Sunday
Feb122017

Pre-Spring in the Garden

Temperatures here have fluctuated from near freezing to shirt-sleeve warm. On warmer days I have enjoyed the chance to kick off 2017 gardening with clean-up and late winter pruning. Early bloomers are trying to push the season into spring a bit early. I know hard frosts are still likely; but as more blooms open daily, I am getting excited about spring. I won't say spring has arrived, but we are definitely into pre-spring!

Here is a look at some early blooms. Daffodils and forsythia:

Flowering quince (chaemoneles) with forsythia in the background:

Forsythia is an old-fashioned, common shrub, but who can resist its cheerful burst of blooms on a gray February day?

Daphne odora 'Marginata' has a pleasing fragrance and waxy blooms that contrast beautifully with its variegated foliage:

My pale pink camellia by the mailbox has smaller blooms than usual this year. I am amazed it has any blooms at all. We were 3 months into our drought last fall before I noticed its leaves wilting and finally gave it some supplemental water:This camellia began as a volunteer seedling. Its parent has red blooms.

Magnolia 'Jane' began blooming this weekend. It is often called a tulip tree because of its tulip-like blooms:

Hellebores are reliable late-winter bloomers:

Anise (Illicium parviflorum) 'Florida Sunshine' is not known for its inconspicuous blooms, but its chartreuse foliage and red stems light up the winter garden. The leaves have a wonderful licorice fragrance::

Finally, I came across these colorful little mushrooms while walking in the woodland garden. They were a nice surprise that came from all the rain we have been having:

Happy pre-spring!

You may also enjoy my previous post:  Are You a Plant Snob?

Sunday
Feb052017

What is Low Maintenance Gardening?

Some people would say a low maintenance plant is one that will grow and prosper with no supervision or care. I would say that is probably a weed. All garden plants, like children, require proper nourishment and training. Otherwise they may grow into thugs or else become sickly or even perish.

So even a "low maintenance" plant requires some maintenance. Shrubs and trees, when planted in the right place, generally require less than perennials and annuals. Groundcovers, when planted where their spreading habits are welcome, are also low maintenance. (Groundcovers planted in a garden bed with flowers can become nightmares.) Hellebores are an early blooming evergreen ground cover whose blooms last for months. I cut back the foliage in late winter as new growth begins. I consider them low maintenance.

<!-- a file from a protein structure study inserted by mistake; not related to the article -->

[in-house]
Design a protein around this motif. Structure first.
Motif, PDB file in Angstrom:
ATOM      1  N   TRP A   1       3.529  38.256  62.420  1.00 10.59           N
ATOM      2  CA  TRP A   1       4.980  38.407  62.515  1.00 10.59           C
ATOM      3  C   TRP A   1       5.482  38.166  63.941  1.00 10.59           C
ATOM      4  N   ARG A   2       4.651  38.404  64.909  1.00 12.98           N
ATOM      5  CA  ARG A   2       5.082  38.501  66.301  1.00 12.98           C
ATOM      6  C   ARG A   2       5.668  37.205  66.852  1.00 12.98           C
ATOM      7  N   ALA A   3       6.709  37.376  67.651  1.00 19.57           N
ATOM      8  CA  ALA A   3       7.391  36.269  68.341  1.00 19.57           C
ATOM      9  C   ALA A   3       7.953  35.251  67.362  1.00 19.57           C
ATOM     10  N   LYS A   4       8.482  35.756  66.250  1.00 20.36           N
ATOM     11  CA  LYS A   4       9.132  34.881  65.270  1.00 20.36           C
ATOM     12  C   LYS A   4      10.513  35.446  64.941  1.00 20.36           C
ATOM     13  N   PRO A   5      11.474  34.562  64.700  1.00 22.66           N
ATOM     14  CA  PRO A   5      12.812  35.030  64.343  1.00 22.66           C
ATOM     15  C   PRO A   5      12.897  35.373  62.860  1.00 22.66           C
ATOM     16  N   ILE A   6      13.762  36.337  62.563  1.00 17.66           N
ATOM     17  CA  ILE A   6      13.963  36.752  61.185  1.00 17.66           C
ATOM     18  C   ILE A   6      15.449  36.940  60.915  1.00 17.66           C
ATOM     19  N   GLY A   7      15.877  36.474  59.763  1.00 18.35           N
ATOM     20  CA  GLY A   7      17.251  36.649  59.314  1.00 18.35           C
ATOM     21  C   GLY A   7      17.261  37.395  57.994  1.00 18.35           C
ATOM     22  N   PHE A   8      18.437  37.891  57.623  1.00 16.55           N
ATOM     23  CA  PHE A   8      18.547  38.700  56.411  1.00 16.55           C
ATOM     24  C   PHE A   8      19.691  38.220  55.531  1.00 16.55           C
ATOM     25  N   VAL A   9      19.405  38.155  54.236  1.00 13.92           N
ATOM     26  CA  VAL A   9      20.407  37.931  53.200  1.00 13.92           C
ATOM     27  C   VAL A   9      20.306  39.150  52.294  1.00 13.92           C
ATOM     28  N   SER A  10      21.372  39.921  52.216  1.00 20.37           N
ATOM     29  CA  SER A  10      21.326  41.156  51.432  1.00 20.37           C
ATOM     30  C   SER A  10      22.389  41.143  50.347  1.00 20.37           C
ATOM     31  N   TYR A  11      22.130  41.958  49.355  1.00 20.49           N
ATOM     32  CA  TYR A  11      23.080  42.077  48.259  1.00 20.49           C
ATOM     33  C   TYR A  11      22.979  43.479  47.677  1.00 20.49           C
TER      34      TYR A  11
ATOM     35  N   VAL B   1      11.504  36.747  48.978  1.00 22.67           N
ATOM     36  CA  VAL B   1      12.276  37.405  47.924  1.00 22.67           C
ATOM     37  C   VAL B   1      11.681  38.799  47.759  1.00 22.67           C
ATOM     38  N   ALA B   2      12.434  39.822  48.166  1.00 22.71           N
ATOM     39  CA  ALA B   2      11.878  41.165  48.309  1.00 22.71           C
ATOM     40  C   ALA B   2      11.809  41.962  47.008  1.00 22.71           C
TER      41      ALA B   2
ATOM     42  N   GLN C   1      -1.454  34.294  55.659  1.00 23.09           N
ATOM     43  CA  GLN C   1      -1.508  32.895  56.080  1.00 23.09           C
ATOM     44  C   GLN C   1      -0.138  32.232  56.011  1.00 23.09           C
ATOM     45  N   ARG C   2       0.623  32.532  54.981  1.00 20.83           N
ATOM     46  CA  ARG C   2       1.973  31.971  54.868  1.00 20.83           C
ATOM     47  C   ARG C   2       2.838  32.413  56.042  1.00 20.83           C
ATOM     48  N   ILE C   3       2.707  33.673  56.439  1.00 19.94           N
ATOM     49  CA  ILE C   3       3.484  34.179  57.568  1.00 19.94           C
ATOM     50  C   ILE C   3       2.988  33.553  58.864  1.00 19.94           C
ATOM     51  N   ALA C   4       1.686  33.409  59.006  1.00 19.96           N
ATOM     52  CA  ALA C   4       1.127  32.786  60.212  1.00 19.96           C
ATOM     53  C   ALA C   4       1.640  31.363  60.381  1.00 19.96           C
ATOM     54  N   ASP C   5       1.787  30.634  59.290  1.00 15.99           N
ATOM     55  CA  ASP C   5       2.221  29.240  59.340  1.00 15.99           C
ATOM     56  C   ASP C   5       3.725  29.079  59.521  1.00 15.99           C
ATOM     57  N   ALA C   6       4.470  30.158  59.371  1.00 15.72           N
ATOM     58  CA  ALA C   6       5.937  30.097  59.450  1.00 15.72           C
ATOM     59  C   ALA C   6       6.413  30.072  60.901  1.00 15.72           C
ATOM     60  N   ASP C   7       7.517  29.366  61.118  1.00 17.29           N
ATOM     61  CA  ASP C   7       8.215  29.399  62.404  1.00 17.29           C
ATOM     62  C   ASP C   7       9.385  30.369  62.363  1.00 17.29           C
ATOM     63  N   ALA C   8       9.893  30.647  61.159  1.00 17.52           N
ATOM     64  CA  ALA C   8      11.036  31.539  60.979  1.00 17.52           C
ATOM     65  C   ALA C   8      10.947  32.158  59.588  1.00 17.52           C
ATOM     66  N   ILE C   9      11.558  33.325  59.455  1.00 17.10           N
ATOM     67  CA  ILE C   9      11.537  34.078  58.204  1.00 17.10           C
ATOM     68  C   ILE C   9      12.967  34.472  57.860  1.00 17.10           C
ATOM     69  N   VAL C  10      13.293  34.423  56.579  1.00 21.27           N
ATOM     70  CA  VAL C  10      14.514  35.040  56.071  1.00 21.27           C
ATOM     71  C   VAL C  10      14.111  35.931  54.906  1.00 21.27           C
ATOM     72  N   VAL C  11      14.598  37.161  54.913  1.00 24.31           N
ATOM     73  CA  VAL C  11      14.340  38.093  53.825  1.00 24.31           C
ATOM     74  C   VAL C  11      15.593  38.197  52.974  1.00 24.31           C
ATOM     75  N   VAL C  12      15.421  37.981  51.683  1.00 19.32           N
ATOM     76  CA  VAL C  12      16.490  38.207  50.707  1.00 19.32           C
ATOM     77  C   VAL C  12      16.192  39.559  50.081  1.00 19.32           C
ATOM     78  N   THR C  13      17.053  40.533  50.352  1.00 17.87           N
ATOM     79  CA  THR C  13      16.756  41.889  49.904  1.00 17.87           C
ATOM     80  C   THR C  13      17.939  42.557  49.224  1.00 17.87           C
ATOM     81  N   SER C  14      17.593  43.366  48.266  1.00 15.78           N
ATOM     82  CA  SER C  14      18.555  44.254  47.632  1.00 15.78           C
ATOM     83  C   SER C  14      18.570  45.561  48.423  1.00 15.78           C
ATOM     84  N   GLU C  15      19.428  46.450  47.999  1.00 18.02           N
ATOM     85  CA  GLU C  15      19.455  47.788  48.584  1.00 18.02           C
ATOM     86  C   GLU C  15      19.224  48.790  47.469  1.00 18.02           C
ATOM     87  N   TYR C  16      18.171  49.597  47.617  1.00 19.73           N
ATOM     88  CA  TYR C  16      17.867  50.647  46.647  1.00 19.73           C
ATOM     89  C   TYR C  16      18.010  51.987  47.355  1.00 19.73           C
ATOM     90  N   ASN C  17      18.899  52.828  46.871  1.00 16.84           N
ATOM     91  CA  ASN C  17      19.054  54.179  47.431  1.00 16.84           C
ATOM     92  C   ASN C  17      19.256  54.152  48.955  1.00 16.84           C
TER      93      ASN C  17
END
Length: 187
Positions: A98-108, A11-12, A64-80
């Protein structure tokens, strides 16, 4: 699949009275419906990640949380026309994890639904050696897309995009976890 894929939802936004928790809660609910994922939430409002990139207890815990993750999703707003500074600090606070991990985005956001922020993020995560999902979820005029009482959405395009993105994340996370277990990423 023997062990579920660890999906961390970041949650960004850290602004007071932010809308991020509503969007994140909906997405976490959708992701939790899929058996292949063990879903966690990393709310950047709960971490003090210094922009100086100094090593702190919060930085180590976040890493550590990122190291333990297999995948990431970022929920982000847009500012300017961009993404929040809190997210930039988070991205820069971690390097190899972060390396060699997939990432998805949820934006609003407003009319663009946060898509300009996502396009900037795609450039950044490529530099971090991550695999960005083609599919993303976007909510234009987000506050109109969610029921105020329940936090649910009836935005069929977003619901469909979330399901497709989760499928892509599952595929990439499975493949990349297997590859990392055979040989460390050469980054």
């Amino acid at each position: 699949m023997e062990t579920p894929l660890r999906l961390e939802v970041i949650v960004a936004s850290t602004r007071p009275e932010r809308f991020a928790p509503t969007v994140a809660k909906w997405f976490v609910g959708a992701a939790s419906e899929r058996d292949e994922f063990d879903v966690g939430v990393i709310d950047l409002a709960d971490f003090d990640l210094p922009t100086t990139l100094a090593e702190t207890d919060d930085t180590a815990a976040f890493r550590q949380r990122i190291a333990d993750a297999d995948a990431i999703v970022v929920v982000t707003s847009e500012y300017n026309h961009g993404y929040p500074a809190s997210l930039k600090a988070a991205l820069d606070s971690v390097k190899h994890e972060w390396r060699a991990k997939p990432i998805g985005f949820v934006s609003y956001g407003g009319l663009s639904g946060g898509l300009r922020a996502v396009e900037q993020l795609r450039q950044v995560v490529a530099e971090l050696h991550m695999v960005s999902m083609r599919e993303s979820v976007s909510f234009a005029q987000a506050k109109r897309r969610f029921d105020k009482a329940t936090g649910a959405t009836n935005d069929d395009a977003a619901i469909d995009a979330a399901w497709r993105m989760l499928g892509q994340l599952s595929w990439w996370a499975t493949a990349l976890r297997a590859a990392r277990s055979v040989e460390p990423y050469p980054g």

If a plant needs little other than pruning once a year or less and some fertilizer in the spring, I consider it a low-maintenance plant. An occasional spray with an organic horticultural oil to kill pests, as well as watering in times of drought, is something that just comes with the territory. Mulching around plants in spring to minimize weeds, to conserve soil moisture, and to promote soil fertility is also standard care for all plants.

My low maintenance list includes shrubs such as camellias, chaenomeles, forsythia, spireas, fothergilla, viburnums, edgeworthia, azaleas, dystillium, and many more. Camellia japonica blooms in my late winter garden.

Camellia bud on an old, low maintenance camellia shrub, which delivers hundreds of blooms every year.

Dystillium is a low maintenance evergreen shrub in the woodland garden.

Forsythia is another low maintenance shrub with early blooms.My low maintenance list does not include roses. Even though most of my roses are easy-care varieties such as knock-out and drift roses, they do require some spraying to minimize disease and more pruning and fertilizing through the season. My yaupon hollies are extremely durable, and I have never fertilized them; I would almost call them low maintenance, except that they require pruning in late winter and late summer to maintain their size and shape. 

Annuals, perennials, and vegetables are not low maintenance. Most require regular fertilizing, dead-heading or pinching back, and spraying for disease and bugs. Did I mention weeding? Plants in pots require more watering. I have some of all of these, but only as accessories. Flowering shrubs and trees are the backbones of my huge garden; while many of my plants are low maintenance, I would not call my garden that, because of the size of it. You should plant a garden only as large as you have time and energy to maintain.Autumn fern in the foreground and Camellia japonica 'Gunsmoke' in the background are low maintenance plants in the woodland garden.

I love gardening. For me, garden maintenance is about maintaining my own well being. The lessons of birth and death and rebirth, and all the forces in-between, are revealed in a garden. The spiritual power at work in a garden can comfort a broken mind or refresh a tired body. I don't mind the maintenance.